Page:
Building a resilient city

Publish Date : 03 Aug 2020
Building a resilient city
A render of what the finished Quay St will look like.

Running the length of Quay Street is a historic seawall that has retained and protected land reclaimed over 100 years ago to form downtown Auckland.

In the 1800s, Fort Street (originally called Fore St) ran alongside the beach. Between 1850 – 1880 more land was reclaimed to extend downtown Auckland, creating Customs St, Commercial Bay, and Quay Street where the foreshore is now. Between 1880 – 1925 a seawall was created to protect this new downtown space and what had quickly become the country’s largest commercial centre.

Over the past year, strengthening of a 600-metre section of the seawall has been underway; the first significant strengthening work to be done to the seawall since it was completed in 1925. This project is part of a wider programme of work to transform downtown, creating a welcoming and people-centred gateway into our city.

While the seawall works have been highly visible with some impressive construction equipment, the seawall itself is largely unseen and unassuming, but should not be underestimated.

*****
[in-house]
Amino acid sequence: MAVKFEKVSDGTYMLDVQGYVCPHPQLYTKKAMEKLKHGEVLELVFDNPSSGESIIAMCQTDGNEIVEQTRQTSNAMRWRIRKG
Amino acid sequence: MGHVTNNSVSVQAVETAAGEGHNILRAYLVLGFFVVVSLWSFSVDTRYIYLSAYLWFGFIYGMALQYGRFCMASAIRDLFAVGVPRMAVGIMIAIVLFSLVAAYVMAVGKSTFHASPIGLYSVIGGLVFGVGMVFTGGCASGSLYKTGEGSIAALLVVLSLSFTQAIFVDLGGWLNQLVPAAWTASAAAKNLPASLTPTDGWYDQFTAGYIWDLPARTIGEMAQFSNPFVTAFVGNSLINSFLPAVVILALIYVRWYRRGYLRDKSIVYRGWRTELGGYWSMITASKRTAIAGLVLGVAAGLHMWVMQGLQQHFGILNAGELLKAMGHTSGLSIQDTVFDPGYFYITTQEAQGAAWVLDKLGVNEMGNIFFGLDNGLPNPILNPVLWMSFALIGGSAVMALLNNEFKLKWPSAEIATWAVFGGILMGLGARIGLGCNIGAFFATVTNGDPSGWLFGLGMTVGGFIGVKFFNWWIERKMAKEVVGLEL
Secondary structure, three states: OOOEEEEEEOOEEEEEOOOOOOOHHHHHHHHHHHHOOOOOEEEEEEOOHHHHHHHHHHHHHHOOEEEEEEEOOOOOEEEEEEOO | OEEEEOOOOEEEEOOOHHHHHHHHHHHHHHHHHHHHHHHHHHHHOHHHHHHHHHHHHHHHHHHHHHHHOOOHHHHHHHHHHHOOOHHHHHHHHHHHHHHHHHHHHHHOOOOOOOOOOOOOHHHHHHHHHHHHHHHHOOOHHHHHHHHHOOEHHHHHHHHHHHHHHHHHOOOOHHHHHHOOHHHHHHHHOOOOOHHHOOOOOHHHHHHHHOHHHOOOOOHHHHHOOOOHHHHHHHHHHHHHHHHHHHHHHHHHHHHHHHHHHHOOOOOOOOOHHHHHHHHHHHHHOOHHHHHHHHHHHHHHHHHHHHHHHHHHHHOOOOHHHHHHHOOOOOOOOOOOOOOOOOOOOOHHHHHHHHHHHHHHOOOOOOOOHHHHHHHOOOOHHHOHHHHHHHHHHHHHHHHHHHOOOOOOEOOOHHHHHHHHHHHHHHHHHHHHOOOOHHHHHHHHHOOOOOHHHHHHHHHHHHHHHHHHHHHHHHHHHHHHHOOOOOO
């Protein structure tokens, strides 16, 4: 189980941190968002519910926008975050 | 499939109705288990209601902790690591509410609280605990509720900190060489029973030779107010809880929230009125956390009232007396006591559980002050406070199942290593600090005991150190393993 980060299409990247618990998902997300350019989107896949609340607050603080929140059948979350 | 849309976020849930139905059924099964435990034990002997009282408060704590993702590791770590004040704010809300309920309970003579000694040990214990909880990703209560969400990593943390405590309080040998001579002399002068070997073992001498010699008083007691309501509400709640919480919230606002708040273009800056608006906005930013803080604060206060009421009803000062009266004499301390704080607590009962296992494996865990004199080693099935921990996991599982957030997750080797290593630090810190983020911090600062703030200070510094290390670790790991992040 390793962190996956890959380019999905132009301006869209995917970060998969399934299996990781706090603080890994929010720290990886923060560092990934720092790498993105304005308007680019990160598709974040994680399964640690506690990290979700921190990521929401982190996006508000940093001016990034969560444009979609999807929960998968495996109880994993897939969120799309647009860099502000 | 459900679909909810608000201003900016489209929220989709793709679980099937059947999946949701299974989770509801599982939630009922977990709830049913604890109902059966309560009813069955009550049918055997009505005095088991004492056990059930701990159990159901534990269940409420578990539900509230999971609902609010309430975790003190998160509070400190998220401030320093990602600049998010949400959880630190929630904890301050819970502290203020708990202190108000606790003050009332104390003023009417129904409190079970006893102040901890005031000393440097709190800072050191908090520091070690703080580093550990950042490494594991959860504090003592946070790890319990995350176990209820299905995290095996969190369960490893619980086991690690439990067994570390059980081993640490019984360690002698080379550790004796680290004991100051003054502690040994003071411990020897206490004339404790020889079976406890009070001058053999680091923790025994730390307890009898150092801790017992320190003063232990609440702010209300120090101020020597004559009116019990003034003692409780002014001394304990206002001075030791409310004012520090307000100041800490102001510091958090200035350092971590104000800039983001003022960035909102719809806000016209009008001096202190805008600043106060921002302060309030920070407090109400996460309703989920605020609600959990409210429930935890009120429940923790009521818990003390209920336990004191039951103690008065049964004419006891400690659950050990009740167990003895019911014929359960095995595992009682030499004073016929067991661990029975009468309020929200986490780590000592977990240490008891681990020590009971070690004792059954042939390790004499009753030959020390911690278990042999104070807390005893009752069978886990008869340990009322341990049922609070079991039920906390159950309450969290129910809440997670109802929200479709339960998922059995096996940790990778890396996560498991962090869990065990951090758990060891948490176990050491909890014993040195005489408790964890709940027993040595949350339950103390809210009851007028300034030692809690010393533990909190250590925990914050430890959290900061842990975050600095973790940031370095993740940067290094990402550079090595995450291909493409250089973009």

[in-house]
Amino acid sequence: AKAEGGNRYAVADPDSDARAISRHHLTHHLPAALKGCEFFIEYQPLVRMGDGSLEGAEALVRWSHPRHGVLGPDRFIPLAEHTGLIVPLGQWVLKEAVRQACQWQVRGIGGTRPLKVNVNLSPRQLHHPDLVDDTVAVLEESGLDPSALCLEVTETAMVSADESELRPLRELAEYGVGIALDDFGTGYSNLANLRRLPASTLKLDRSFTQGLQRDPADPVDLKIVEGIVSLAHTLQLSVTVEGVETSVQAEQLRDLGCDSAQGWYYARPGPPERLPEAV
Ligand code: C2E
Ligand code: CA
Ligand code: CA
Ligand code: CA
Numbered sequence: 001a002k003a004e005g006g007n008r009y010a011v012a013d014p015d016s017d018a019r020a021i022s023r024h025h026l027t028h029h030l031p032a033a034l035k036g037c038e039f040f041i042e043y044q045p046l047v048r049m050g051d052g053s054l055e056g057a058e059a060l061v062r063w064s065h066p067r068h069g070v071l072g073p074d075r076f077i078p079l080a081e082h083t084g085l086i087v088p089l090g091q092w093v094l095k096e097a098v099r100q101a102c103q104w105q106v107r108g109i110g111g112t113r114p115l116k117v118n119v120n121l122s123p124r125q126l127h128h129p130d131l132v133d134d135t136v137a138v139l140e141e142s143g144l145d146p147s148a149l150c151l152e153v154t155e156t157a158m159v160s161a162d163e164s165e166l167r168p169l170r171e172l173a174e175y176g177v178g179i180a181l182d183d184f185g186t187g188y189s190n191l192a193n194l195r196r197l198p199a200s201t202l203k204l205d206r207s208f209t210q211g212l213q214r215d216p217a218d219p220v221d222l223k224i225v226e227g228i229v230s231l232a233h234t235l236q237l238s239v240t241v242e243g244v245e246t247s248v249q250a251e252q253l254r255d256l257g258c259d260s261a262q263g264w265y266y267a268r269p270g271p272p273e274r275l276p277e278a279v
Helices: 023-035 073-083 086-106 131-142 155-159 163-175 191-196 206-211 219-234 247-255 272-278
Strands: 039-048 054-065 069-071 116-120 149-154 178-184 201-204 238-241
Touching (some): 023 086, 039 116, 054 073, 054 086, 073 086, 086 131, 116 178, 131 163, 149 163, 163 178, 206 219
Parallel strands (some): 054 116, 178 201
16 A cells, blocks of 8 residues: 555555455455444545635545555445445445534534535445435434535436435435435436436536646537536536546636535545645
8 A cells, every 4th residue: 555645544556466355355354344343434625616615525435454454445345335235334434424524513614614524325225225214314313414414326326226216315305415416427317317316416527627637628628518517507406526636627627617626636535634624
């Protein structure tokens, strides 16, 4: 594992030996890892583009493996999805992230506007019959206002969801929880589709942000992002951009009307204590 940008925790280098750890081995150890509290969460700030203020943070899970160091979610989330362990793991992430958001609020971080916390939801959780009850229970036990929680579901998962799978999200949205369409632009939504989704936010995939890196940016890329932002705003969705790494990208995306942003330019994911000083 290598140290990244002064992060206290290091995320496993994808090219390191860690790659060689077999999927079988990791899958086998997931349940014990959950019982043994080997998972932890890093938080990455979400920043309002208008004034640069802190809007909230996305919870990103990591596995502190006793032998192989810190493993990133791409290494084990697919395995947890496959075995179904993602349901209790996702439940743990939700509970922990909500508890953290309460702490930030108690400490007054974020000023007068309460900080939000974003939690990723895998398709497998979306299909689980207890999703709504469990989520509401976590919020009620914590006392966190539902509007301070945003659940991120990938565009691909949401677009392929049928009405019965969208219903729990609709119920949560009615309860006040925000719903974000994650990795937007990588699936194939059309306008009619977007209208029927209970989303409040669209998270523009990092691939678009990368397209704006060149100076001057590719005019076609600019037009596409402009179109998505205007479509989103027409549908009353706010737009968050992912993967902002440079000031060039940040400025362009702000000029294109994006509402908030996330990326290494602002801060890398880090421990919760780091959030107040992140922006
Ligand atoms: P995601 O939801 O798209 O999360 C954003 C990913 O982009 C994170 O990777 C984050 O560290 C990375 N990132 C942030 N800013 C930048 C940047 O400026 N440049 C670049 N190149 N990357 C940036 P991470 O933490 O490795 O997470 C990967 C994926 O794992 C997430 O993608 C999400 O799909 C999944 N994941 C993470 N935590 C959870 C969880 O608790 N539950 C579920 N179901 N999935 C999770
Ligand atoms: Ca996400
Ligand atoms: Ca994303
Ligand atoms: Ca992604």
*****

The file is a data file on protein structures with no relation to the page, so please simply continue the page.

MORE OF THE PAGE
Watch the above video of the construction of the palisade wall between Queens Wharf and Marsden Wharf that was completed earlier this year.

Auckland Councillor Pippa Coom says strengthening the seawall is essential to building a resilient city able to withstand earthquakes of 6.5 magnitude, storm surges, and rising sea levels of one metre over the next 100 years.

“The Downtown Programme is one of the largest urban transformation projects to be undertaken in Auckland, requiring the coordination of multiple, related projects and deadlines.

“The strengthened seawall is the foundation upon which all the other Downtown projects depend,” she says.

Councillor Coom is encouraged by how work is progressing with the project hitting some critical milestones and full completion expected early 2021. Earlier this year, the section between Queens and Marsden wharves was completed and recently, the Princes Wharf section was finished - making room for street enhancement works to get underway.

Cr Coom says the Downtown programme is inextricably linked with other transformational projects that are all contributing to improved social, environmental and economic benefits for the City Centre.

“Commercial Bay will ultimately see 10,000 workers coming into the area when the City Rail Link opens in 2024, pedestrian traffic at Britomart will double, and there are over 30,000 people living in the City Centre.”

Supporting all this is a strengthened seawall ready to protect the city for another century.

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